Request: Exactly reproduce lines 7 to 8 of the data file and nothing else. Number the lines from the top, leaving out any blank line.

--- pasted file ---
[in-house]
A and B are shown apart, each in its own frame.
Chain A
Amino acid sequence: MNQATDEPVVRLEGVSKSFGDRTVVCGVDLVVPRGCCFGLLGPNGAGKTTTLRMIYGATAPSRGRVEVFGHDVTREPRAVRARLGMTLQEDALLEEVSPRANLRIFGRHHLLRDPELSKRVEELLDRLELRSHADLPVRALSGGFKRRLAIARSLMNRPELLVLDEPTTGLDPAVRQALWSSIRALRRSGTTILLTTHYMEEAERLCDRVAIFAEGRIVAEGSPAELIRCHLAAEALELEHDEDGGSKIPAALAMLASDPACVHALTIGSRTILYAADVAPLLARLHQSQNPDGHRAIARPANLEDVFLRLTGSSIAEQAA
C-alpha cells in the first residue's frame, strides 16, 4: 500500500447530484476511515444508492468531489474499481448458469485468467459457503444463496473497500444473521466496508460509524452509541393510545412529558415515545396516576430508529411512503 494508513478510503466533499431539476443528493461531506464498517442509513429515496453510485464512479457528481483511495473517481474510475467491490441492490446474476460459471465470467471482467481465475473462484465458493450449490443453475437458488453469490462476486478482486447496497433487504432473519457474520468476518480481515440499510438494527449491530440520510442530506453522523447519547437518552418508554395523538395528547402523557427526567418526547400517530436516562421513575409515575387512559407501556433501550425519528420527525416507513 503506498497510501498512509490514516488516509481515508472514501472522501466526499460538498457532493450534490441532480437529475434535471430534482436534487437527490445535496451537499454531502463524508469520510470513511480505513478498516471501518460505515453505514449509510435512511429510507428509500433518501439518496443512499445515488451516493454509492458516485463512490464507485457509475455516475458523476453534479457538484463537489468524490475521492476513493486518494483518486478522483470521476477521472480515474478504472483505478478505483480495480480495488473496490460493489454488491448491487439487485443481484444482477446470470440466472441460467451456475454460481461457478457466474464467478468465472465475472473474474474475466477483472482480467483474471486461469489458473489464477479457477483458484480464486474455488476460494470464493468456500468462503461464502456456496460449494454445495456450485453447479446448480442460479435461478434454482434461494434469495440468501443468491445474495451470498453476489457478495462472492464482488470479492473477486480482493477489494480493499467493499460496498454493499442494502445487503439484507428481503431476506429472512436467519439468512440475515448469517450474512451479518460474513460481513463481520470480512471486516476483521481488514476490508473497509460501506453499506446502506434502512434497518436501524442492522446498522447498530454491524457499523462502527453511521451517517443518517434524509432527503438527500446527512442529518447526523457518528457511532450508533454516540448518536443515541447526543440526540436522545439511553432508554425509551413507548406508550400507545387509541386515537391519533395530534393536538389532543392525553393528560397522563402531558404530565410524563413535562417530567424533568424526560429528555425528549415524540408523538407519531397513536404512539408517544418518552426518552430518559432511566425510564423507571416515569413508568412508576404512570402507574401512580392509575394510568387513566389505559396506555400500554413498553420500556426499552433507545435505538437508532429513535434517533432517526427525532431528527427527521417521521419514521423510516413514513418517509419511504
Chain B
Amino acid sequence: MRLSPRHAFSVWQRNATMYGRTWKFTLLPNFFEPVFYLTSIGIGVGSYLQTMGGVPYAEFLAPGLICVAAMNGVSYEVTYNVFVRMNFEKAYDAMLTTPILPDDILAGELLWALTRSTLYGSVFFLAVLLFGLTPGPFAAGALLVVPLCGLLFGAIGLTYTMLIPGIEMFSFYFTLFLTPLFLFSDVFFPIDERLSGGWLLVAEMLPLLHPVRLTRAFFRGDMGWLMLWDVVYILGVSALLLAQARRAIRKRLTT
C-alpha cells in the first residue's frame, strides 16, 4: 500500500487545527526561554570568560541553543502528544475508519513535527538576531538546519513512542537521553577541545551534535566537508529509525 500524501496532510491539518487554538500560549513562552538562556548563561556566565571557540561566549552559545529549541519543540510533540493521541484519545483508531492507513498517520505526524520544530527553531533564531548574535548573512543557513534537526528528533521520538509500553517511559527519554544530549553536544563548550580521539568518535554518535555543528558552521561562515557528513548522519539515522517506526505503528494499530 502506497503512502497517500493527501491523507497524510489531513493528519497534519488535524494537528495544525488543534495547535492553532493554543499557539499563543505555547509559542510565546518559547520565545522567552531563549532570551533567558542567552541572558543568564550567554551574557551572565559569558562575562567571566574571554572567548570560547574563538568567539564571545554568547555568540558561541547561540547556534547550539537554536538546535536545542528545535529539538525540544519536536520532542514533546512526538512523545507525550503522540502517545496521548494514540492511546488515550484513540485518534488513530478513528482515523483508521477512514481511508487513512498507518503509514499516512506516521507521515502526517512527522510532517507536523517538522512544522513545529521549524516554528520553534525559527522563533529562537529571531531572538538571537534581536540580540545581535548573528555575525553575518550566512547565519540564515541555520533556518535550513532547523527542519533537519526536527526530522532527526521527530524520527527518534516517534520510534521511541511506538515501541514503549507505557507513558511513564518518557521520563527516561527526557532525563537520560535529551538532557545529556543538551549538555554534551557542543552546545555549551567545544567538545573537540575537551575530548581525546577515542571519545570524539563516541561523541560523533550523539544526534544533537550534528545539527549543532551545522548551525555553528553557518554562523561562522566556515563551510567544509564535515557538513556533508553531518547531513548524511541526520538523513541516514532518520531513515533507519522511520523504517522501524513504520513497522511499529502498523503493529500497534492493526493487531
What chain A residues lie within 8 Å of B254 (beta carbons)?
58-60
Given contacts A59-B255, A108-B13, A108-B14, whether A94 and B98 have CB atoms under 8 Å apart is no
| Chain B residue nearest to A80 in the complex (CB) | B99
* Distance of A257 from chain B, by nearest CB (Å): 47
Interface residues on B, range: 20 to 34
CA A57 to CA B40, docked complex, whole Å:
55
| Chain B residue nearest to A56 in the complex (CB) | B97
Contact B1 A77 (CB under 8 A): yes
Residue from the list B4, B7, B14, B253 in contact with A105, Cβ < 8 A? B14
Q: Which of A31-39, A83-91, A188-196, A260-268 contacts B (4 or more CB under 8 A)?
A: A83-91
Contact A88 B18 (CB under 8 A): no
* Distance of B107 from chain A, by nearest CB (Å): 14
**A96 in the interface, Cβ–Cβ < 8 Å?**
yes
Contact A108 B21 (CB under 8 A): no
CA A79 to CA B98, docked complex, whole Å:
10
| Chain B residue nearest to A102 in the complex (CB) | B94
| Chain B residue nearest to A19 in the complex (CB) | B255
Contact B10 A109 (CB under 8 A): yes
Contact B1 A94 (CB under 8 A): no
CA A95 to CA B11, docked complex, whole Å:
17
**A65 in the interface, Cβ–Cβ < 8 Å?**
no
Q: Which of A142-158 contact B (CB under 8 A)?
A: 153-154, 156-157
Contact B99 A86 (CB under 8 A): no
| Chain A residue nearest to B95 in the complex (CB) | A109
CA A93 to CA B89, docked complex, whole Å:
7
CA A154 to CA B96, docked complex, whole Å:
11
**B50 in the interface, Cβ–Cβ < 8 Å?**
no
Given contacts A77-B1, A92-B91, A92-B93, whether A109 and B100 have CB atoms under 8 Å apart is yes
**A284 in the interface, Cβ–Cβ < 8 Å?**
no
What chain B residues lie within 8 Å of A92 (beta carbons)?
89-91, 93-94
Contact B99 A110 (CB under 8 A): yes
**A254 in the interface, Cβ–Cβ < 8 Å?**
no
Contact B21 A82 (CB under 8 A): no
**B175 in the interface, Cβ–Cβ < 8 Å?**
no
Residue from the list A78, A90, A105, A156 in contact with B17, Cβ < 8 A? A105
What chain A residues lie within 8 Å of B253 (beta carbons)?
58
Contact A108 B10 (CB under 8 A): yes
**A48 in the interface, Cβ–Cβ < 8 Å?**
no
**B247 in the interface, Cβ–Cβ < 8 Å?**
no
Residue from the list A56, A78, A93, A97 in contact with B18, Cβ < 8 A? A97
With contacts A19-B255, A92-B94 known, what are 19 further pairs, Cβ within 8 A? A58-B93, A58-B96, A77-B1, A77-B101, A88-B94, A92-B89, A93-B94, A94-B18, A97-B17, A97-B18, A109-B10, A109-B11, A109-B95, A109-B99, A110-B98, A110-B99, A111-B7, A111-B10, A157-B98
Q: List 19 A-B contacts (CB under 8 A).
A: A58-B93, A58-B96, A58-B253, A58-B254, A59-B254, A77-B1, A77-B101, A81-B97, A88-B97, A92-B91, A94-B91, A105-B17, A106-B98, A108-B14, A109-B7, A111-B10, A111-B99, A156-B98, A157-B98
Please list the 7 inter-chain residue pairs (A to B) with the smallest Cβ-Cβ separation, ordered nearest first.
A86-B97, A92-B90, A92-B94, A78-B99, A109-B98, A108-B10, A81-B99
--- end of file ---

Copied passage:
Amino acid sequence: MRLSPRHAFSVWQRNATMYGRTWKFTLLPNFFEPVFYLTSIGIGVGSYLQTMGGVPYAEFLAPGLICVAAMNGVSYEVTYNVFVRMNFEKAYDAMLTTPILPDDILAGELLWALTRSTLYGSVFFLAVLLFGLTPGPFAAGALLVVPLCGLLFGAIGLTYTMLIPGIEMFSFYFTLFLTPLFLFSDVFFPIDERLSGGWLLVAEMLPLLHPVRLTRAFFRGDMGWLMLWDVVYILGVSALLLAQARRAIRKRLTT
C-alpha cells in the first residue's frame, strides 16, 4: 500500500487545527526561554570568560541553543502528544475508519513535527538576531538546519513512542537521553577541545551534535566537508529509525 500524501496532510491539518487554538500560549513562552538562556548563561556566565571557540561566549552559545529549541519543540510533540493521541484519545483508531492507513498517520505526524520544530527553531533564531548574535548573512543557513534537526528528533521520538509500553517511559527519554544530549553536544563548550580521539568518535554518535555543528558552521561562515557528513548522519539515522517506526505503528494499530 502506497503512502497517500493527501491523507497524510489531513493528519497534519488535524494537528495544525488543534495547535492553532493554543499557539499563543505555547509559542510565546518559547520565545522567552531563549532570551533567558542567552541572558543568564550567554551574557551572565559569558562575562567571566574571554572567548570560547574563538568567539564571545554568547555568540558561541547561540547556534547550539537554536538546535536545542528545535529539538525540544519536536520532542514533546512526538512523545507525550503522540502517545496521548494514540492511546488515550484513540485518534488513530478513528482515523483508521477512514481511508487513512498507518503509514499516512506516521507521515502526517512527522510532517507536523517538522512544522513545529521549524516554528520553534525559527522563533529562537529571531531572538538571537534581536540580540545581535548573528555575525553575518550566512547565519540564515541555520533556518535550513532547523527542519533537519526536527526530522532527526521527530524520527527518534516517534520510534521511541511506538515501541514503549507505557507513558511513564518518557521520563527516561527526557532525563537520560535529551538532557545529556543538551549538555554534551557542543552546545555549551567545544567538545573537540575537551575530548581525546577515542571519545570524539563516541561523541560523533550523539544526534544533537550534528545539527549543532551545522548551525555553528553557518554562523561562522566556515563551510567544509564535515557538513556533508553531518547531513548524511541526520538523513541516514532518520531513515533507519522511520523504517522501524513504520513497522511499529502498523503493529500497534492493526493487531